Texas is considering some big changes to its cannabis laws, but full legalization is still a few years away for the Lone Star State.
Cannabis decriminalization and improvements to medical marijuana legislation may be on the table for this government session in Texas, but Texans shouldn't hold their breath for legalizing recreational cannabis, according to Jax Finkle, Executive Director of Texas NORML.
"I don't think that's going to be a conversation this session," Finkle told the Dallas Observer. "Texans like to consider themselves their own nation state. We like to do things our own way, and that means that [recreational legalization] will probably be later."
Finkle believes it will be at least another six years before recreational cannabis will have a serious chance of getting passed in Texas. But there are a few other changes that Texans can look forward to. They range from potentially decriminalizing cannabis to, at the very least, reducing penalties for simple possession.
Governor Greg Abbott (R) has signalled interest in making cannabis possession a ticketable offense, instead of sending people to jail for getting caught with a dimebag.
"One thing I don't want to see is jails stockpiled with people who have possession of small amounts of marijuana," Abbott said during a debate with fellow gubernatorial candidate Lupe Valdez (D) in October.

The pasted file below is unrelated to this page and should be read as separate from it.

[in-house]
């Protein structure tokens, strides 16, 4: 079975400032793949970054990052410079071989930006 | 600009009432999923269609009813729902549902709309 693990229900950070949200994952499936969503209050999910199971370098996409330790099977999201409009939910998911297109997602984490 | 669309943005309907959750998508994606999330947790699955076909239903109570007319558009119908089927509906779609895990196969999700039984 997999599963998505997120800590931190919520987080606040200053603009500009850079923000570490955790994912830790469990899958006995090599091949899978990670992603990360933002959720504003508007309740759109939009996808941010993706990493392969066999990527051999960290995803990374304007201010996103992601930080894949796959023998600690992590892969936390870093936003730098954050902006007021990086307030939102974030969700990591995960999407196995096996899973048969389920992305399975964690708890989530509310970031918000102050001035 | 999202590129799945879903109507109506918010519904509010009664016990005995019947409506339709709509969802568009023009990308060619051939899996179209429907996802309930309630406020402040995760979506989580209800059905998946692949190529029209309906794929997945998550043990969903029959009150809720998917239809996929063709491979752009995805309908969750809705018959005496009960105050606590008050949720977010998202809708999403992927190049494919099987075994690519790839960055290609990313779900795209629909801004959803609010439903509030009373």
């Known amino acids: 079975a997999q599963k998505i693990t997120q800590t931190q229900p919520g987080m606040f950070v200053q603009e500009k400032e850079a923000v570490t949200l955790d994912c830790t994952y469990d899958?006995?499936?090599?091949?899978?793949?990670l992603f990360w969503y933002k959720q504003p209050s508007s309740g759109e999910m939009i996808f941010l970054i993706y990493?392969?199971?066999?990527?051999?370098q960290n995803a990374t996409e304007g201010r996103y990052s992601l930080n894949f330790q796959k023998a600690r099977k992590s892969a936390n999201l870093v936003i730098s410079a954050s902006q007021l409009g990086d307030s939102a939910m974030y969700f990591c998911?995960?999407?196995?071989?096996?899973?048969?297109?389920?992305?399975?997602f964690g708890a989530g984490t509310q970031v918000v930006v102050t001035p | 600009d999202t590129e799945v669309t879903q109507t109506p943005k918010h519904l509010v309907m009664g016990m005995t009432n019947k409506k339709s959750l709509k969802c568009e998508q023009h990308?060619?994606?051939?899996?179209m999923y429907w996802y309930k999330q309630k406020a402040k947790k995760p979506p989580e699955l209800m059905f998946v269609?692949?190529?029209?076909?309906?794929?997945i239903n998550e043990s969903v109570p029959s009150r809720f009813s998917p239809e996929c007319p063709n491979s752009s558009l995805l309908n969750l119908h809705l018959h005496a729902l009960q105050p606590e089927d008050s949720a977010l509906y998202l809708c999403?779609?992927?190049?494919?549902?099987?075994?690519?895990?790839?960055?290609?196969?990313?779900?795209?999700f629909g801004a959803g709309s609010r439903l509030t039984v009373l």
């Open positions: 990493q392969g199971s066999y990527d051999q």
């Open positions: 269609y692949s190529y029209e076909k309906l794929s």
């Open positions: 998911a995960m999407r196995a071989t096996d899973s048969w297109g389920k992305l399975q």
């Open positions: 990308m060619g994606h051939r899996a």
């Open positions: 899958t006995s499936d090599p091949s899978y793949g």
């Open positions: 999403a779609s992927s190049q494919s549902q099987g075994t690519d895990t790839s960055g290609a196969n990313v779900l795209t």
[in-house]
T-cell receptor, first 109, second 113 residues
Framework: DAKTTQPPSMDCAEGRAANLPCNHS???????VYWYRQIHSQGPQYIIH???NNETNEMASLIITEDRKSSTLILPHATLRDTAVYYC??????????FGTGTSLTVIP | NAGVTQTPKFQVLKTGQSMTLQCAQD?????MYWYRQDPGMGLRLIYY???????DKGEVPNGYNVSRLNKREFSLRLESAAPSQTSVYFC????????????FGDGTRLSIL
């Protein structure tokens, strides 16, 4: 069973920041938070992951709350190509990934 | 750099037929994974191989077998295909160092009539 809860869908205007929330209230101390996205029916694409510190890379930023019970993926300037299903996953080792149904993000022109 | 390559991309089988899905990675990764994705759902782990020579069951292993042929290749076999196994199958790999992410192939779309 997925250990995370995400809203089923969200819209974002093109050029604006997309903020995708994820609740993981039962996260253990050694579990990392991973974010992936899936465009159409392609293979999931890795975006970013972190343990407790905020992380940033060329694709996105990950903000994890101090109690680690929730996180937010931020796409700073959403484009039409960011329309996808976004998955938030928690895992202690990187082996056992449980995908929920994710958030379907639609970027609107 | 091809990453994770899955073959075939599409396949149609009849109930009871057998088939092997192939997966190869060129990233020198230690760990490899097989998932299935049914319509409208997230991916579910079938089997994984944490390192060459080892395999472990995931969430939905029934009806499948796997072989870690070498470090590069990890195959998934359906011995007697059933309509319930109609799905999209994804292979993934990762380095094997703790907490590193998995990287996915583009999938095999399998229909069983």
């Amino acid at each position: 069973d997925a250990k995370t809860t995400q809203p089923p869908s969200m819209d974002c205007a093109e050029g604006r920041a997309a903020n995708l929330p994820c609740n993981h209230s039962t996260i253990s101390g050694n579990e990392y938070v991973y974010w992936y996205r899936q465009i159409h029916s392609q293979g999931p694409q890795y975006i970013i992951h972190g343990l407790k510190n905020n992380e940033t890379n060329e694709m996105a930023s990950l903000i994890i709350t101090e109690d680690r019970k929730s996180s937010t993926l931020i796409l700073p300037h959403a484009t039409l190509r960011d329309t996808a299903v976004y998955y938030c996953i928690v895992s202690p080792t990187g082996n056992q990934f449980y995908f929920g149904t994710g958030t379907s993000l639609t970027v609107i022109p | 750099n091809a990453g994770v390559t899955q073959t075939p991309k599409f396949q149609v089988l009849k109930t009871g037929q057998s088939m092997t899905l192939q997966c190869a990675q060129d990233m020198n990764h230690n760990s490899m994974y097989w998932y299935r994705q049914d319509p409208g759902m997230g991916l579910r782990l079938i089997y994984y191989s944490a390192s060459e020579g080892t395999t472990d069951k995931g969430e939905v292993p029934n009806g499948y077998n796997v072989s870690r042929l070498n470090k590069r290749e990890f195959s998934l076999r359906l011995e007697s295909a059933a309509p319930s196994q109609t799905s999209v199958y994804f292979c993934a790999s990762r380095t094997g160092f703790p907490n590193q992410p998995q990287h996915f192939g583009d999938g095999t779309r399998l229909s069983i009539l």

Additionally, a bill has been filed by Representative Terry Canales (D) that would change the way amounts of cannabis are calculated when a person is caught with edibles or oils. Currently, a person arrested for possession of marijuana edibles is charged for possessing an amount of cannabis equal to the weight of the edible products.
Canales' bill would make it so that a person is charged based on the amount of THC contained in the edibles instead.
"If you have one brownie, you probably have 10 milligrams of THC in there," explains Finkle. "However, you're being charged with 8 ounces or something, however much the brownie weighs. There's a huge disparity there, and the bill would make it more fair."
And finally there's the case of expanding Texas' medical marijuana program. This is something that the Republican Party supposedly supports, but Finkle thinks people shouldn't expect anything more than a few minor tweaks to the current legislation in the coming year.